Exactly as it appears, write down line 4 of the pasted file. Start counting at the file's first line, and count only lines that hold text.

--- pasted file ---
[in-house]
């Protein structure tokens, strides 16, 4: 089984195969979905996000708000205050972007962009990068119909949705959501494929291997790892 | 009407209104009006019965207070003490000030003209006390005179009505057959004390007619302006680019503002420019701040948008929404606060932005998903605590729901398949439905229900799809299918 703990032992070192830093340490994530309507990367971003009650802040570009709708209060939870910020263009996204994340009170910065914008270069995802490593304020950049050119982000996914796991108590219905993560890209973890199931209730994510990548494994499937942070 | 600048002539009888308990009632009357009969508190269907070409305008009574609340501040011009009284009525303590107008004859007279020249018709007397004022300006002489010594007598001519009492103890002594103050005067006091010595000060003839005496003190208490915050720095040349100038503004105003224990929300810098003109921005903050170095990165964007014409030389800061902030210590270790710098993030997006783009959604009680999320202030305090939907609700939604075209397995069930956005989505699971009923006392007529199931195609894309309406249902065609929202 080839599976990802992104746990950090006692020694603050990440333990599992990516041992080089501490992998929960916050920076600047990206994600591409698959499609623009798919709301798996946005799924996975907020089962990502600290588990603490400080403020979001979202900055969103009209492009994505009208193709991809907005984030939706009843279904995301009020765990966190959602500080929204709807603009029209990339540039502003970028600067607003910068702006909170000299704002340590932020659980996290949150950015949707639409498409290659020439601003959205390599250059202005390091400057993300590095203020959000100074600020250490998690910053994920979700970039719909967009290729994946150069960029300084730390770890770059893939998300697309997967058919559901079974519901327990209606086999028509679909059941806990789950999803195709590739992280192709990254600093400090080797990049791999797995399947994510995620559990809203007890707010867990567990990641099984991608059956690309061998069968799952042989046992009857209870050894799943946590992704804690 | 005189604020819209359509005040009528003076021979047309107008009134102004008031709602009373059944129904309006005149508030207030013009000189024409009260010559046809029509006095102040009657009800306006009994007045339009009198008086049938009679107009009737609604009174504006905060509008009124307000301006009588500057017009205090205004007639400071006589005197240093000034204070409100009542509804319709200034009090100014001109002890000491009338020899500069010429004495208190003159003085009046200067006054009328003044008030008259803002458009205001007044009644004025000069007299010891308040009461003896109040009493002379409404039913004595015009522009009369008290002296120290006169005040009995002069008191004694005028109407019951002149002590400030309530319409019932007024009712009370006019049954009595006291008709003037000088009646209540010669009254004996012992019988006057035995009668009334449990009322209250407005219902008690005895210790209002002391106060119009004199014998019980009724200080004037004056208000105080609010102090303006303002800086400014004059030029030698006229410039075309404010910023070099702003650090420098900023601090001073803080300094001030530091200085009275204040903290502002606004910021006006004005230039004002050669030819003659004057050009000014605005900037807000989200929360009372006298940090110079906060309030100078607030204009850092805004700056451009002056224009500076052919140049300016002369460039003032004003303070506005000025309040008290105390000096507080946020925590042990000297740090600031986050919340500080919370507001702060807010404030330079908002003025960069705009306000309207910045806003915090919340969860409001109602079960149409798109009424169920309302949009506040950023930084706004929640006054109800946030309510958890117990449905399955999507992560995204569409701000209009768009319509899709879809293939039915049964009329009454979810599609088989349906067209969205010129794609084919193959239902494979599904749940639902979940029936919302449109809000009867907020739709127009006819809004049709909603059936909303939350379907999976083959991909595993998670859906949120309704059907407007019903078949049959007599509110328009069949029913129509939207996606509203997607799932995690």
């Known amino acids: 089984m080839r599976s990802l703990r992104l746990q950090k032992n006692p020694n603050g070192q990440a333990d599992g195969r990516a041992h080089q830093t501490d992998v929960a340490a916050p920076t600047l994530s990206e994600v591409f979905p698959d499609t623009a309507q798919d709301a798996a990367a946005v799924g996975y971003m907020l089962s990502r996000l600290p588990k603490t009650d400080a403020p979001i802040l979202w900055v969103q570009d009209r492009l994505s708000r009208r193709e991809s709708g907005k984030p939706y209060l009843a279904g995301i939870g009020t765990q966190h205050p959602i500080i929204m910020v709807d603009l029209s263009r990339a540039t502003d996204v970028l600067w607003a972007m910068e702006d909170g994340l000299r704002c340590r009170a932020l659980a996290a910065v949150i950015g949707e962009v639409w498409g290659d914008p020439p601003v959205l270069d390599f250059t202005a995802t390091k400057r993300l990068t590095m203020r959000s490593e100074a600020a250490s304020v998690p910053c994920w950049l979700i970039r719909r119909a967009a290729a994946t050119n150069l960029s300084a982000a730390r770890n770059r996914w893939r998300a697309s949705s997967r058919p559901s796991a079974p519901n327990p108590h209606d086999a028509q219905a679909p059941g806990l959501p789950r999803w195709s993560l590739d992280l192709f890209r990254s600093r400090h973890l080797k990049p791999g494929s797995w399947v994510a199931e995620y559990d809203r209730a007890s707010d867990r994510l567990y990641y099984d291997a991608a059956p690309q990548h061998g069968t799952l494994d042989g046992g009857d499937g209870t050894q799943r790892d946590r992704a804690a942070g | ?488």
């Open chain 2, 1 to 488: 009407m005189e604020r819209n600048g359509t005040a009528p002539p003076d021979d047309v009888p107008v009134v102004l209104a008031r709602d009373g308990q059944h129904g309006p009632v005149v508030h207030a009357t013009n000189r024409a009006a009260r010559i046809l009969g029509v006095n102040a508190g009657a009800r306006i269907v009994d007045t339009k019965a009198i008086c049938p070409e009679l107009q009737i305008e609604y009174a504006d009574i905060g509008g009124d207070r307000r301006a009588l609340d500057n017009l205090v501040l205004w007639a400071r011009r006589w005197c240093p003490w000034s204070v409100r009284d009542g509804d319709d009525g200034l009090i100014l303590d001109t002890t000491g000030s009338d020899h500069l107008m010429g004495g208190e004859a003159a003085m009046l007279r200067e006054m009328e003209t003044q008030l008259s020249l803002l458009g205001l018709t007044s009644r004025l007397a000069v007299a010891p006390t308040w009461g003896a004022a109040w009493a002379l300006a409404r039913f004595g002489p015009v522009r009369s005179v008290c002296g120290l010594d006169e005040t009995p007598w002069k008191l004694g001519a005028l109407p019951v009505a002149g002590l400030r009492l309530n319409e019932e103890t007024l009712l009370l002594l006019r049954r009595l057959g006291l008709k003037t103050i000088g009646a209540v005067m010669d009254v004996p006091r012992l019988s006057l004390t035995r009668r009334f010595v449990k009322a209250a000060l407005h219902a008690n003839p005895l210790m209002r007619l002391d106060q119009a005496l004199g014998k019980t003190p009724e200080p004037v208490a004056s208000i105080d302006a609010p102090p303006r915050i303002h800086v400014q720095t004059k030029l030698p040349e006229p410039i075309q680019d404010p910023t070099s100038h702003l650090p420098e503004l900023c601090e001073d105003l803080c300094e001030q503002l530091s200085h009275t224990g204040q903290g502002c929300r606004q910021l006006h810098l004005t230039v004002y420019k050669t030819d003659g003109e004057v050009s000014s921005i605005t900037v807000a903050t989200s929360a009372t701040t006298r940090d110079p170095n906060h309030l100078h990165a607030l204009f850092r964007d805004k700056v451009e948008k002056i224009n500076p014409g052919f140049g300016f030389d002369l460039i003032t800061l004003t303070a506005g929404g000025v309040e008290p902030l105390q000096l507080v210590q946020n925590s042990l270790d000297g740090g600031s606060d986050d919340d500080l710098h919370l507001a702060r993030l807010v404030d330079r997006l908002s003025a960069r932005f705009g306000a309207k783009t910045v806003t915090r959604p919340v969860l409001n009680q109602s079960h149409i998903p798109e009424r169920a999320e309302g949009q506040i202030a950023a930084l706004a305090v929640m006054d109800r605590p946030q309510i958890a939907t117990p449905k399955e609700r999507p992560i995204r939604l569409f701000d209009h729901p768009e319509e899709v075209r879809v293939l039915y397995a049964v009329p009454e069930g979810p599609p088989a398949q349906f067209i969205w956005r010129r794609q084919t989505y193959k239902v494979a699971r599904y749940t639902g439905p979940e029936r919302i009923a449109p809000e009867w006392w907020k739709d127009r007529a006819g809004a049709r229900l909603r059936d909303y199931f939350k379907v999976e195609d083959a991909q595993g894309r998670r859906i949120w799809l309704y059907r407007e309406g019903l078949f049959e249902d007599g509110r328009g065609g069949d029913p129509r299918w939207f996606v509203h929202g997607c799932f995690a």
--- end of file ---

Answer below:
């Open chain 2, 1 to 488: 009407m005189e604020r819209n600048g359509t005040a009528p002539p003076d021979d047309v009888p107008v009134v102004l209104a008031r709602d009373g308990q059944h129904g309006p009632v005149v508030h207030a009357t013009n000189r024409a009006a009260r010559i046809l009969g029509v006095n102040a508190g009657a009800r306006i269907v009994d007045t339009k019965a009198i008086c049938p070409e009679l107009q009737i305008e609604y009174a504006d009574i905060g509008g009124d207070r307000r301006a009588l609340d500057n017009l205090v501040l205004w007639a400071r011009r006589w005197c240093p003490w000034s204070v409100r009284d009542g509804d319709d009525g200034l009090i100014l303590d001109t002890t000491g000030s009338d020899h500069l107008m010429g004495g208190e004859a003159a003085m009046l007279r200067e006054m009328e003209t003044q008030l008259s020249l803002l458009g205001l018709t007044s009644r004025l007397a000069v007299a010891p006390t308040w009461g003896a004022a109040w009493a002379l300006a409404r039913f004595g002489p015009v522009r009369s005179v008290c002296g120290l010594d006169e005040t009995p007598w002069k008191l004694g001519a005028l109407p019951v009505a002149g002590l400030r009492l309530n319409e019932e103890t007024l009712l009370l002594l006019r049954r009595l057959g006291l008709k003037t103050i000088g009646a209540v005067m010669d009254v004996p006091r012992l019988s006057l004390t035995r009668r009334f010595v449990k009322a209250a000060l407005h219902a008690n003839p005895l210790m209002r007619l002391d106060q119009a005496l004199g014998k019980t003190p009724e200080p004037v208490a004056s208000i105080d302006a609010p102090p303006r915050i303002h800086v400014q720095t004059k030029l030698p040349e006229p410039i075309q680019d404010p910023t070099s100038h702003l650090p420098e503004l900023c601090e001073d105003l803080c300094e001030q503002l530091s200085h009275t224990g204040q903290g502002c929300r606004q910021l006006h810098l004005t230039v004002y420019k050669t030819d003659g003109e004057v050009s000014s921005i605005t900037v807000a903050t989200s929360a009372t701040t006298r940090d110079p170095n906060h309030l100078h990165a607030l204009f850092r964007d805004k700056v451009e948008k002056i224009n500076p014409g052919f140049g300016f030389d002369l460039i003032t800061l004003t303070a506005g929404g000025v309040e008290p902030l105390q000096l507080v210590q946020n925590s042990l270790d000297g740090g600031s606060d986050d919340d500080l710098h919370l507001a702060r993030l807010v404030d330079r997006l908002s003025a960069r932005f705009g306000a309207k783009t910045v806003t915090r959604p919340v969860l409001n009680q109602s079960h149409i998903p798109e009424r169920a999320e309302g949009q506040i202030a950023a930084l706004a305090v929640m006054d109800r605590p946030q309510i958890a939907t117990p449905k399955e609700r999507p992560i995204r939604l569409f701000d209009h729901p768009e319509e899709v075209r879809v293939l039915y397995a049964v009329p009454e069930g979810p599609p088989a398949q349906f067209i969205w956005r010129r794609q084919t989505y193959k239902v494979a699971r599904y749940t639902g439905p979940e029936r919302i009923a449109p809000e009867w006392w907020k739709d127009r007529a006819g809004a049709r229900l909603r059936d909303y199931f939350k379907v999976e195609d083959a991909q595993g894309r998670r859906i949120w799809l309704y059907r407007e309406g019903l078949f049959e249902d007599g509110r328009g065609g069949d029913p129509r299918w939207f996606v509203h929202g997607c799932f995690a």